Secaucus, N.J. - Executives with Panasonic Consumer
Electronics revealed Friday that it has signed a sponsorship deal for famed
director James Cameron's forthcoming sci-fi 3-D feature film "Avatar."
|Bob Perry, Panasonic Consumer Electronics North America executive VP.|
Panasonic executives said they will
use the sponsorship deal with 20th Century Fox to begin promoting awareness for
new 3-D-ready plasma televisions and 3-D-enabled Blu-ray Disc players it plans
to introduce in 2010.
Panasonic's approach to 3-D, which it is
working with other companies to standardize, will enable playing 3-D
stereoscopic video in full 1080p HD resolution. The technology presents two separate
1080p images, which the human eye perceives as a single 3-D image when viewed
through special glasses. The glass are designed to block vision in one eye and
then the other as the television displays rapidly alternating images, each with
a slightly different angle, to create an illusion of depth.
Cameron's new film, which will be released
in theaters on Dec. 18 in both 2-D and 3-D versions, features a combination of
live action and animated special effects.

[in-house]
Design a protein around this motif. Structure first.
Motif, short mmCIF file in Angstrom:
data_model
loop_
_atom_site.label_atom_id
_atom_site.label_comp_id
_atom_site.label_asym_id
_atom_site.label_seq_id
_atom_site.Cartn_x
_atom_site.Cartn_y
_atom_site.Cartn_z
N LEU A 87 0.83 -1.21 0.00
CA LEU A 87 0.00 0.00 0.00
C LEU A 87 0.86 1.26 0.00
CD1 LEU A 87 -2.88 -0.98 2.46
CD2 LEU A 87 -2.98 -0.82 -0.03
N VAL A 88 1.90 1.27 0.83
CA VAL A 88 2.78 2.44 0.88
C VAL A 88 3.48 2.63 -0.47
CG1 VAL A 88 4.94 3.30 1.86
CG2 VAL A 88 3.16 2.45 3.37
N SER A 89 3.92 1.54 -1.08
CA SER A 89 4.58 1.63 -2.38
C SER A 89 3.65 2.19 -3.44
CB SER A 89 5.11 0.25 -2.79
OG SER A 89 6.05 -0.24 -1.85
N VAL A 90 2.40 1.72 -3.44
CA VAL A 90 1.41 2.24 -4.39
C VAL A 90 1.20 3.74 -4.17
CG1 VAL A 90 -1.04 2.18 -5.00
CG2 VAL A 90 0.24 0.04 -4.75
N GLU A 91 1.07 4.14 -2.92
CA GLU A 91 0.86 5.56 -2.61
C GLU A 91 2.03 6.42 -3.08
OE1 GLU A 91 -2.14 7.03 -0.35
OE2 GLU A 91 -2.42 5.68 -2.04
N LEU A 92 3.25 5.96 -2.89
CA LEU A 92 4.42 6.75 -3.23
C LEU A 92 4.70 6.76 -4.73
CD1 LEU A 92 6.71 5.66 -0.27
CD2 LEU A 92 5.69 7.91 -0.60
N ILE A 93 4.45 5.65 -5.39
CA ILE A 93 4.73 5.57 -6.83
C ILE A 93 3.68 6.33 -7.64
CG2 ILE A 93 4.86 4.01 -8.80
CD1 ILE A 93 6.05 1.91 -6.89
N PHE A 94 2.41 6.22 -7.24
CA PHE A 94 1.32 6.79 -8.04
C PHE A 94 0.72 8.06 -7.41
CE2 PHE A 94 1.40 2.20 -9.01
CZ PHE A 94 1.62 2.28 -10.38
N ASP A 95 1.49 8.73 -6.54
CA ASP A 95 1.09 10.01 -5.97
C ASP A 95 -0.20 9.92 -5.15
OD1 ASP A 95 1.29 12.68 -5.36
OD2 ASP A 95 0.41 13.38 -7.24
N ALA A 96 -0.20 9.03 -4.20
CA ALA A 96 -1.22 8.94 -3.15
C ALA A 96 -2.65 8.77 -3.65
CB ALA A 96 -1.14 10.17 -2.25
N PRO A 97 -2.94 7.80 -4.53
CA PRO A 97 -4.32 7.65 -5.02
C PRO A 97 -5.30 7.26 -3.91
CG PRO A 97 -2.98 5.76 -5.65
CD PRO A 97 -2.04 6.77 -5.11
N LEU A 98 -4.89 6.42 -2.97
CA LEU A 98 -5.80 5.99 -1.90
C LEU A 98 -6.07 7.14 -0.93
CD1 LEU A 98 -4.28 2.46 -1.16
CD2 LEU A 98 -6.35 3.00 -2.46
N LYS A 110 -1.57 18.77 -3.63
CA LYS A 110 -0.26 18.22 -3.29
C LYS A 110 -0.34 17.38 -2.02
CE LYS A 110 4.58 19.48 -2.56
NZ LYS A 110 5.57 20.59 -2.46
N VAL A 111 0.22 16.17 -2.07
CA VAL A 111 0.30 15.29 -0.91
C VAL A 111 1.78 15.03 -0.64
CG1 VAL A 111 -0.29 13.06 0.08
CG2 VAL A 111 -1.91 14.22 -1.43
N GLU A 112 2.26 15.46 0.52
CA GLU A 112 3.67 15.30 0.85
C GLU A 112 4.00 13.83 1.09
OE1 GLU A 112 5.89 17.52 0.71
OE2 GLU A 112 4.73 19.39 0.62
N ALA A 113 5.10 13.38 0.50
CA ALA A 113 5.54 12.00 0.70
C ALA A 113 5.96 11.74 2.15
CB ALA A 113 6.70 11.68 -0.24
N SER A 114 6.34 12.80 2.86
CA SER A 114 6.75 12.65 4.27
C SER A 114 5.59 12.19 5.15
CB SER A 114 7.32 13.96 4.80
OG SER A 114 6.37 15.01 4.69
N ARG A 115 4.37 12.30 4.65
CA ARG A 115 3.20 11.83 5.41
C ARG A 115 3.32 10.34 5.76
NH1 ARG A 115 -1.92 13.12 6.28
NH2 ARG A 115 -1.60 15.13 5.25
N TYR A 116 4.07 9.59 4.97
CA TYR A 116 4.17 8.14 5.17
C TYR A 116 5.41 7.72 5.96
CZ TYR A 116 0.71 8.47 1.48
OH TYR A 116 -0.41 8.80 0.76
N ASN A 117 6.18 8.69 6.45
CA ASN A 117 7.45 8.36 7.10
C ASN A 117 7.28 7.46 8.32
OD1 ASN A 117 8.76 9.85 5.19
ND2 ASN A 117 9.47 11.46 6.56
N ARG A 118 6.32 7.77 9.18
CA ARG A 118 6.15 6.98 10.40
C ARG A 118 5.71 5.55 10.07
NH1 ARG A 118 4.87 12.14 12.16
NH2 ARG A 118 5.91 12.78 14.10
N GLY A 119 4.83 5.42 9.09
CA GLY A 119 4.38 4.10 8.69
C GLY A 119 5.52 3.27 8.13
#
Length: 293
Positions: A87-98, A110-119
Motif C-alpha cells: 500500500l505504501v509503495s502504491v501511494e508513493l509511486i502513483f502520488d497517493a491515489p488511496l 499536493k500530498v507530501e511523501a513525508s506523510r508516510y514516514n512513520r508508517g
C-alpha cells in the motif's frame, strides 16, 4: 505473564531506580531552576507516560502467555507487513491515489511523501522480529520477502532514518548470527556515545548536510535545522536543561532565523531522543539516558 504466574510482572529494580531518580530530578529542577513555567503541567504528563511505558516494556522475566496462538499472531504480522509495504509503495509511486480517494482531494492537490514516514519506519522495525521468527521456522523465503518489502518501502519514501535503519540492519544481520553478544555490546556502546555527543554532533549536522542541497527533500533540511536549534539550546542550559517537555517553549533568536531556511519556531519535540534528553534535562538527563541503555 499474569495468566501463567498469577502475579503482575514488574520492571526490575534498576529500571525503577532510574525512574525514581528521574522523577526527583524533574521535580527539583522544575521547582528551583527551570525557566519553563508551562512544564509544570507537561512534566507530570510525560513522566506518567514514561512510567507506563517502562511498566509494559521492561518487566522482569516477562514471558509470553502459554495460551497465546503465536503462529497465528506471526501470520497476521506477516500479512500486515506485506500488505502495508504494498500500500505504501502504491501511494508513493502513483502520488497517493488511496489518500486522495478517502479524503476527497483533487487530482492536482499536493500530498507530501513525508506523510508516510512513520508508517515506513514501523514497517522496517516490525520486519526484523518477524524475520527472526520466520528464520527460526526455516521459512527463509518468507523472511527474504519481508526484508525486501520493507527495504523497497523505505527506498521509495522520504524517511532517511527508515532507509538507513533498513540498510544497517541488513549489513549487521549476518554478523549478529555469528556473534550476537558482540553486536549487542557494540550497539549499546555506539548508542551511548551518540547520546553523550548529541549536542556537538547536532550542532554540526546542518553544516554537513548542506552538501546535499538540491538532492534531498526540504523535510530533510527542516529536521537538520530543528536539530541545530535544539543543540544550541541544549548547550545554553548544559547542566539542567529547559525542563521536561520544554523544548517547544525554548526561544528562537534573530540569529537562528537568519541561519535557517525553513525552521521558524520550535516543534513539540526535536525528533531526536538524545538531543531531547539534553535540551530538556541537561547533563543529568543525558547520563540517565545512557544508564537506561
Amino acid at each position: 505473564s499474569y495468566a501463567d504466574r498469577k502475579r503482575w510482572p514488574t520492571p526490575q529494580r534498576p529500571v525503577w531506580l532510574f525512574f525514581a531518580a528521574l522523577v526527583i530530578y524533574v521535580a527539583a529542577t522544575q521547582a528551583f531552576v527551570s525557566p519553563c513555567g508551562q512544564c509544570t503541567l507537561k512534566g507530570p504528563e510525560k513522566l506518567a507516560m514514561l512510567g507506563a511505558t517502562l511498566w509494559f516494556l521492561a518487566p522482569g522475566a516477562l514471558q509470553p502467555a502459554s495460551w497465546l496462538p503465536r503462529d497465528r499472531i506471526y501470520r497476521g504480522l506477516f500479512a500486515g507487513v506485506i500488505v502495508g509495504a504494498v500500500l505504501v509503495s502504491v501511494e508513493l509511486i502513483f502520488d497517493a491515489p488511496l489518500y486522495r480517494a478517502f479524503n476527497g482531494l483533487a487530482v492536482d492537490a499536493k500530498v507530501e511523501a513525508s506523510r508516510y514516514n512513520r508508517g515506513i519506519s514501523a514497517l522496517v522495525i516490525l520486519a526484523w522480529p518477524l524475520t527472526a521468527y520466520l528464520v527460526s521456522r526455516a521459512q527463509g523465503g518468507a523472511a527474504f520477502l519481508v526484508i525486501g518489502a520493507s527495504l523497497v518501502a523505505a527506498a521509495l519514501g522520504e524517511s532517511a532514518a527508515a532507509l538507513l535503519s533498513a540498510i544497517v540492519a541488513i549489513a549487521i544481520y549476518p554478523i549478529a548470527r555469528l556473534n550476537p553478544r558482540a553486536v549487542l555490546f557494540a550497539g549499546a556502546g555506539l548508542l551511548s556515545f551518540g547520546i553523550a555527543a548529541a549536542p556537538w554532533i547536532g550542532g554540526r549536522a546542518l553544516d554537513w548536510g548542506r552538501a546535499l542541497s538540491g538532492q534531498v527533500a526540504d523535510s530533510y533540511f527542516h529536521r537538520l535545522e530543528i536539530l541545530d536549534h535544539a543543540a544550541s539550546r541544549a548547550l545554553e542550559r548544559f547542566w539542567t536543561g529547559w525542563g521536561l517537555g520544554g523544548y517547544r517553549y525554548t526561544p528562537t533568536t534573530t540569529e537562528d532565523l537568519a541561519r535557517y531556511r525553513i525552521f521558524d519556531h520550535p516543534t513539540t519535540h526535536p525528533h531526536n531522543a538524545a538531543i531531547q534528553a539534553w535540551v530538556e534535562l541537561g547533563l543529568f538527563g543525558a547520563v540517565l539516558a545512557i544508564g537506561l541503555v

Bob Perry, Panasonic Consumer
Electronics North America executive VP, said his company will join others in
the industry in promoting and introducing 3-D HD equipment for the home.
Upon the introduction of equipment,
he said he expects as many as 100 3-D HD titles on Blu-ray Disc to be
Meanwhile, Panasonic plans to begin spreading the word this fall by giving demonstrations across the U.S. and Europe
using specially designed trailer vans showing "Avatar" trailers.
Perry said he could not yet
estimate how much of a price premium the new home-based 3-D-enabled products
will carry. However, he said the first products will likely be introduced as
step-up items to 2-D only TVs and Blu-ray Disc players before the appeal
spreads in several years to more mainstream audiences.
Perry said that while Panasonic
will focus on delivering the capability to television based on plasma
technology, he expects others to develop LCD-based products that will play the